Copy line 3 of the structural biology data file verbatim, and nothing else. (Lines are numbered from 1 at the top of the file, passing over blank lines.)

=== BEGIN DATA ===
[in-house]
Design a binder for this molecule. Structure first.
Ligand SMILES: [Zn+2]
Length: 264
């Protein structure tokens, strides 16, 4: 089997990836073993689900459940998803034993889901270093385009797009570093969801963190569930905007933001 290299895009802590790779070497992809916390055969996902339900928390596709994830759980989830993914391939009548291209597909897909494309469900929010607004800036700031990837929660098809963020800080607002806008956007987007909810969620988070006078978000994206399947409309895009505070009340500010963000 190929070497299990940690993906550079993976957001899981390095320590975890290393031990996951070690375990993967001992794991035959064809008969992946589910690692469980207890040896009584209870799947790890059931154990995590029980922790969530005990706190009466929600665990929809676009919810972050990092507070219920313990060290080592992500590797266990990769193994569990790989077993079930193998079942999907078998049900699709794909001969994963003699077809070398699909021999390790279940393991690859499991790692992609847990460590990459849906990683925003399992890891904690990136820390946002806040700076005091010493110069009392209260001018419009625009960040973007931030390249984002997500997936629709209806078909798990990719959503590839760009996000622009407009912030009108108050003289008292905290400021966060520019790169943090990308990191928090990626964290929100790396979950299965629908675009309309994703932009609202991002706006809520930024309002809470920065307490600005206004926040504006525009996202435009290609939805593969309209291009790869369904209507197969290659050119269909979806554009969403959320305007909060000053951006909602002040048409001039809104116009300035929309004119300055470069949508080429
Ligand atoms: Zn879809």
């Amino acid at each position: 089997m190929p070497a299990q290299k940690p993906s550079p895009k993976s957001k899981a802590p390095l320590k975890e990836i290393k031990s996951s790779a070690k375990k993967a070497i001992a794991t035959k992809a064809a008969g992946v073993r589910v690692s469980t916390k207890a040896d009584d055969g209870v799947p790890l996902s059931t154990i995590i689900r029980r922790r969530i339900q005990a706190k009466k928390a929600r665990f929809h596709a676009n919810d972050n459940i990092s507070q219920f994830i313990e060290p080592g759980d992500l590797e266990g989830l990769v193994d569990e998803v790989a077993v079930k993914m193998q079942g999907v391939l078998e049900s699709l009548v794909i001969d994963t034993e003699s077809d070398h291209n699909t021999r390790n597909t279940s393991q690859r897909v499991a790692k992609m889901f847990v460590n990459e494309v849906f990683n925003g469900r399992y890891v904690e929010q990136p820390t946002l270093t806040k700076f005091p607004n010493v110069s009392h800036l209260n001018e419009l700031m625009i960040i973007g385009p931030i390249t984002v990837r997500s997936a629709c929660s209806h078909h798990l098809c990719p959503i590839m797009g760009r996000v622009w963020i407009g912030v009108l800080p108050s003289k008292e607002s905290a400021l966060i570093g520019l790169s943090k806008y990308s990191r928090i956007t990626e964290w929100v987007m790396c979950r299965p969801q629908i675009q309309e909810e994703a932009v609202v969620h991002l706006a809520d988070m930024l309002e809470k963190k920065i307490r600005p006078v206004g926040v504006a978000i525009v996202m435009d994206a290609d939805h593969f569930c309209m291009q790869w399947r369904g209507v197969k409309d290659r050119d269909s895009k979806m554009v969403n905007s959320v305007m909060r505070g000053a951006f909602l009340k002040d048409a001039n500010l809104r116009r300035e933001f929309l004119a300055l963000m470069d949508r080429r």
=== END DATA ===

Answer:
Ligand SMILES: [Zn+2]